When times get tough, economic nationalism and protectionism tends to rise because it is always easier to blame someone else for self-inflicted problems.
. . . Ian McAvity
I have written about this subject too often recently, but it is because I am losing my friends and mentors. Over the past few years we lost Barton Biggs, Marty Zweig and this past weekend sage pundit Ian McAvity passed away. Ian was involved in finance for more than 40 years, as a banker, broker, and since 1975 as an independent advisor and consultant, specializing in technical analysis. His analysis and views were published in Ian McAvity's Deliberations on World Markets newsletter since 1972. He will be missed. We heard from another sage pundit last week, namely Alan Greenspan. He was interviewed on Bloomberg and said (as paraphrased):
The fundamental problem that confronts central banks is to maintain sound currency, and we've gone far from that and indeed required of central banks to do much of what the fiscal system tends to do. And . . . the cause of the [stagnation] that we're dealing with in recent years is a fiscal problem. It's not a monetary problem. And if you look at the data . . . productivity growth on average of the last five years for virtually all of the major countries and a . . . number of the emerging nations . . . [is] less than one percent.
Mr. Greenspan went on to speak about entitlements by noting (again as paraphrased):
[Entitlements] will grow wholly independently of what the ability to fund it is. And the ability to fund it is largely related to the GDP… [Further, the] interesting thing about it is that during Republican administrations, entitlements grew more than on average during Democratic administrations.
My friend, the erudite Dennis Gartman (The Gartman Letter) responds:
On this he is also quite correct. Entitlements have indeed grown under Republicans and Democrats and have grown more under the former than the latter. It is this that has turned many on the Right so vehemently against the so-called 'Establishment' for with control of the Senate and the House presently nothing has been done to curtail Entitlement spending. The very foundations of minority families have been torn asunder because of the pernicious nature of Entitlements and yet nothing . . . NOTHING . . . has been done. Therein lies the impetus for the rebellion by the Trump supporters and at times we fully understand their anger.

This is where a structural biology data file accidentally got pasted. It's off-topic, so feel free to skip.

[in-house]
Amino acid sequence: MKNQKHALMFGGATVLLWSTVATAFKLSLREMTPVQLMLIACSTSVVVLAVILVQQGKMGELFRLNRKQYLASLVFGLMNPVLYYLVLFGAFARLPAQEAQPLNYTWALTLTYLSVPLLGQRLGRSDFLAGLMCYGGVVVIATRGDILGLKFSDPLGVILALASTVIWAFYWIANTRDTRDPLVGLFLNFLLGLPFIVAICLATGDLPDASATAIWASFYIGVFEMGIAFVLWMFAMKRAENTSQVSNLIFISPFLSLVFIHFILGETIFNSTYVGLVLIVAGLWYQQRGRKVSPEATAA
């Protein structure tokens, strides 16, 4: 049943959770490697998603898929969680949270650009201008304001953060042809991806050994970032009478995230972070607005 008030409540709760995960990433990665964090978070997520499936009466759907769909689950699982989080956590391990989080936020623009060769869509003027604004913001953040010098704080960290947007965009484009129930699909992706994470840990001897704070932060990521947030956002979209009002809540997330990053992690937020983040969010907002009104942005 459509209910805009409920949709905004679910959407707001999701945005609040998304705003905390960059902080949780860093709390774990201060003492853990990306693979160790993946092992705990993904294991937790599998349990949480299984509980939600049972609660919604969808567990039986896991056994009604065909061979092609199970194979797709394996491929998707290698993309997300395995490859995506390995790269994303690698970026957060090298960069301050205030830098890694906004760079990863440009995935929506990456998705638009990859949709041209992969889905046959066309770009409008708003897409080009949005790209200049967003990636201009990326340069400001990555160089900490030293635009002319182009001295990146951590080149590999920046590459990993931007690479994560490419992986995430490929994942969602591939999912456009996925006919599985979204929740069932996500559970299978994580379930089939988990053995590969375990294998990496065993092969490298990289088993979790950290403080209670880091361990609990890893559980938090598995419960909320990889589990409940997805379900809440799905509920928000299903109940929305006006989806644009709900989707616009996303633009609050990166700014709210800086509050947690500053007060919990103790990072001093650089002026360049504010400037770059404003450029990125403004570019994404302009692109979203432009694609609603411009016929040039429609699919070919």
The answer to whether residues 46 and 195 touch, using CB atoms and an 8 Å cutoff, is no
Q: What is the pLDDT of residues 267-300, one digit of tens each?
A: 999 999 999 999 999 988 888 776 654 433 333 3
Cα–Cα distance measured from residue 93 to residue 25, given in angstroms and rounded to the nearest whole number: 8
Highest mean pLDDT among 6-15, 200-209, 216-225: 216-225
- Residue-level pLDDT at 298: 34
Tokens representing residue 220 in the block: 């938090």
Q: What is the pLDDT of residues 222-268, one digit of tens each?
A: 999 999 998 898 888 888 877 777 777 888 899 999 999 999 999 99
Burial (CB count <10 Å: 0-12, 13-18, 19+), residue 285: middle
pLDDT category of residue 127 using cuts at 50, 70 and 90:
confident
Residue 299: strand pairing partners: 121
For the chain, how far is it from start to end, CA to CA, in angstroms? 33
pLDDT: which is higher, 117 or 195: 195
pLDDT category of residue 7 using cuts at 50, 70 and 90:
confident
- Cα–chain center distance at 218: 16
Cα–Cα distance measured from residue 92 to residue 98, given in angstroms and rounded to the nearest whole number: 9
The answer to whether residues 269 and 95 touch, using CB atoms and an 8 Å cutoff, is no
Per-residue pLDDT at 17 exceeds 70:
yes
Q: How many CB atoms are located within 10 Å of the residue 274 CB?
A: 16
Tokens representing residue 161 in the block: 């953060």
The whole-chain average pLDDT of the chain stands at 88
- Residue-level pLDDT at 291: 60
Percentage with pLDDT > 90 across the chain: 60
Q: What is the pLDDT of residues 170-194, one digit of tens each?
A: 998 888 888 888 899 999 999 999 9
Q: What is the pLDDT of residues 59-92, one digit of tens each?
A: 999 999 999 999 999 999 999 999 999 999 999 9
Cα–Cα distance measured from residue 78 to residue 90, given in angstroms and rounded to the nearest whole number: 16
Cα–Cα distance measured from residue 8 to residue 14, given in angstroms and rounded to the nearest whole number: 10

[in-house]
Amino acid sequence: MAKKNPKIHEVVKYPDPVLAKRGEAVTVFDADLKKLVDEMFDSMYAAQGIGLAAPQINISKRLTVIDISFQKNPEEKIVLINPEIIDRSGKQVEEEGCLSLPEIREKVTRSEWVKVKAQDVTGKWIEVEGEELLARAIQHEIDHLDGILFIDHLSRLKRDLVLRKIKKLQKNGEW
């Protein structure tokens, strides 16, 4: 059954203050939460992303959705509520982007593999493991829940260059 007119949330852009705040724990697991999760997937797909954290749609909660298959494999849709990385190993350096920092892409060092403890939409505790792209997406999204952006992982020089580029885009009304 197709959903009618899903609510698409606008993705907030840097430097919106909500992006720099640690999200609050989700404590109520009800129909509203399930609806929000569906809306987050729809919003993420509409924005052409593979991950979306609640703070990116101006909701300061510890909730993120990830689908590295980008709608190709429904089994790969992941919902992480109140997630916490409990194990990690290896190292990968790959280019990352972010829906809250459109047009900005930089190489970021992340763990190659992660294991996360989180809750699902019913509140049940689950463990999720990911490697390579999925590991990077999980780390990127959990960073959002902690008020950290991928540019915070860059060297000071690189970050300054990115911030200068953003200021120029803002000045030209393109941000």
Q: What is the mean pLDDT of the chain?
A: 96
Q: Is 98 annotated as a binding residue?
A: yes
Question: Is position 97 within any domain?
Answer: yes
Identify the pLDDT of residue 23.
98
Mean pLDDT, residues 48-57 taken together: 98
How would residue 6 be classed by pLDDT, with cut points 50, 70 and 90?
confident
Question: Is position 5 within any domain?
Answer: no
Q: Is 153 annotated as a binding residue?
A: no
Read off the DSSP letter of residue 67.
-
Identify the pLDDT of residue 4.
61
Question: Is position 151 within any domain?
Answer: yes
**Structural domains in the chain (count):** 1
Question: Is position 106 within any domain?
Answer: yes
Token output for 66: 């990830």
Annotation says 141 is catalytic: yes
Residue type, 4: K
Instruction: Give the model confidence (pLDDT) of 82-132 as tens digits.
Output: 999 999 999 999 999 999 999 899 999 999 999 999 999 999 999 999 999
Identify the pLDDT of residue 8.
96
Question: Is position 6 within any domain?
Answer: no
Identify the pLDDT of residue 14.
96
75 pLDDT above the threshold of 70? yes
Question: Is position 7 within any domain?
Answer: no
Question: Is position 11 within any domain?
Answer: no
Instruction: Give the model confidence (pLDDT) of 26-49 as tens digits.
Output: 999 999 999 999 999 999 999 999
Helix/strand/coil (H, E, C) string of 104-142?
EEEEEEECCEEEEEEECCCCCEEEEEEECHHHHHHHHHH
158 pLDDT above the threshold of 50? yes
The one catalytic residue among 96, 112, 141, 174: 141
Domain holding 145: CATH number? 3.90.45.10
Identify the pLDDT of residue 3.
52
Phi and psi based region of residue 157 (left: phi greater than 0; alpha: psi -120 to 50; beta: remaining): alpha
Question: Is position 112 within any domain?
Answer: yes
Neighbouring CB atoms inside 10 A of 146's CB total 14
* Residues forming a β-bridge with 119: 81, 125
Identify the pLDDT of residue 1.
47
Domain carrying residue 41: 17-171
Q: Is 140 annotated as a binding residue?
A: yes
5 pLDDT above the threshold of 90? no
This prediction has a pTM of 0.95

One can argue the various markets, and sectors, are at the margin reacting to the election race and the question of who is winning in the polls. Clearly the policies between the candidates vary widely implying there will be winning and losing sectors depending on who becomes President. But, a better question would be, "Is the Federal Reserve falling behind the curve?" Speaking to this point are my keen-sighted friends at the GaveKal organization (I own their funds) in their commentary of March 17, 2016:
The Federal Reserve surprised no one yesterday when it decided to remain on hold. But the downward shift in its projection of year-end inflation from 1.6% to 1.2%-and the consequent revision of its dot plot to show two, rather than four, rate hikes in 2016-should have raised a few eyebrows. By adopting such a dovish stance, the Fed is in increasing danger of falling behind the curve on inflation, which in turn implies that the risk of sharper rate hikes further down the road is rising. For the time being, that is not a possibility that is troubling the market. In response to yesterday's Fed statement, US treasury yields fell by some -10bp at both the short and the long end, and the US dollar fell more than -1% against the euro. However, consumer price index data released yesterday clearly showed that consumer inflation is ticking up. Excluding the impact of lower oil prices, core CPI inflation rose to its highest since the 2008 financial crisis at 2.3% YoY. In her press conference, Fed chair Janet Yellen dismissed this uptick as due to volatile components 'without very much significance.' Even so, there are good reasons to believe that consumer inflation may rise further and faster than the Fed expects.